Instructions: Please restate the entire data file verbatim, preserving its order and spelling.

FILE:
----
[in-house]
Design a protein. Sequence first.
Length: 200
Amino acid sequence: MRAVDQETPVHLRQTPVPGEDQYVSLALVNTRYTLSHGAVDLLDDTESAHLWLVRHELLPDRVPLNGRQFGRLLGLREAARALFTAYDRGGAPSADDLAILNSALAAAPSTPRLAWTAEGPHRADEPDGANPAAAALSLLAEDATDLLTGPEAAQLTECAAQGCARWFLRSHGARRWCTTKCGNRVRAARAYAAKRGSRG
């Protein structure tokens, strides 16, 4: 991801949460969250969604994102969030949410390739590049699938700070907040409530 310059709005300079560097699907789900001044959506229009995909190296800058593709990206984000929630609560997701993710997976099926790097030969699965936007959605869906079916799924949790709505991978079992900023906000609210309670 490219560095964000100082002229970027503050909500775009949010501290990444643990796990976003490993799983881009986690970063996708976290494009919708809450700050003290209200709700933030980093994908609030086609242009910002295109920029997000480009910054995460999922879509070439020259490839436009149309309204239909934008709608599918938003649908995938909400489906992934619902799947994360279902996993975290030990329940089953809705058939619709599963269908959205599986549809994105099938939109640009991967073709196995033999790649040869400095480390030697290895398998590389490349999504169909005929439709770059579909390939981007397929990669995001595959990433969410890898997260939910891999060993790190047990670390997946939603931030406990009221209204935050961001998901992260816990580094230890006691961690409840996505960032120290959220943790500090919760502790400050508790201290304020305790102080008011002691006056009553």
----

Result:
[in-house]
Design a protein. Sequence first.
Length: 200
Amino acid sequence: MRAVDQETPVHLRQTPVPGEDQYVSLALVNTRYTLSHGAVDLLDDTESAHLWLVRHELLPDRVPLNGRQFGRLLGLREAARALFTAYDRGGAPSADDLAILNSALAAAPSTPRLAWTAEGPHRADEPDGANPAAAALSLLAEDATDLLTGPEAAQLTECAAQGCARWFLRSHGARRWCTTKCGNRVRAARAYAAKRGSRG
């Protein structure tokens, strides 16, 4: 991801949460969250969604994102969030949410390739590049699938700070907040409530 310059709005300079560097699907789900001044959506229009995909190296800058593709990206984000929630609560997701993710997976099926790097030969699965936007959605869906079916799924949790709505991978079992900023906000609210309670 490219560095964000100082002229970027503050909500775009949010501290990444643990796990976003490993799983881009986690970063996708976290494009919708809450700050003290209200709700933030980093994908609030086609242009910002295109920029997000480009910054995460999922879509070439020259490839436009149309309204239909934008709608599918938003649908995938909400489906992934619902799947994360279902996993975290030990329940089953809705058939619709599963269908959205599986549809994105099938939109640009991967073709196995033999790649040869400095480390030697290895398998590389490349999504169909005929439709770059579909390939981007397929990669995001595959990433969410890898997260939910891999060993790190047990670390997946939603931030406990009221209204935050961001998901992260816990580094230890006691961690409840996505960032120290959220943790500090919760502790400050508790201290304020305790102080008011002691006056009553």